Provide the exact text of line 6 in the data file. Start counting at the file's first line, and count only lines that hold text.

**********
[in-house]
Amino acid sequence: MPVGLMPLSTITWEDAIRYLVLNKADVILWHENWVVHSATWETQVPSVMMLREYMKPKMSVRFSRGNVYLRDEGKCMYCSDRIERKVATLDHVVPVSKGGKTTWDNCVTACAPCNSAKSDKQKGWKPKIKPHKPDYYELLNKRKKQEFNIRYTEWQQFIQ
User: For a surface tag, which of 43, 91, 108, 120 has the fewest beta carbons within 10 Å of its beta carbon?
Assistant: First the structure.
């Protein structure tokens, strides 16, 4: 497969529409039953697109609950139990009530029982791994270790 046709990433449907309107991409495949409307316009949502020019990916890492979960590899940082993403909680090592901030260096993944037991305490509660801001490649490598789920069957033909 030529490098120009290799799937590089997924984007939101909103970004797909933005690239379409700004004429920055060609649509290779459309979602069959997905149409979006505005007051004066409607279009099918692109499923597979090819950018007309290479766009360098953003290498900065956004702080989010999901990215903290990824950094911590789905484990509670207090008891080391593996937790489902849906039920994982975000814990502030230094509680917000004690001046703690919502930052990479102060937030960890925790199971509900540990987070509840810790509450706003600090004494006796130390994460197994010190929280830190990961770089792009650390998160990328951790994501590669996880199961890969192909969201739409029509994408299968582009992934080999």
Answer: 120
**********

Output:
Answer: 120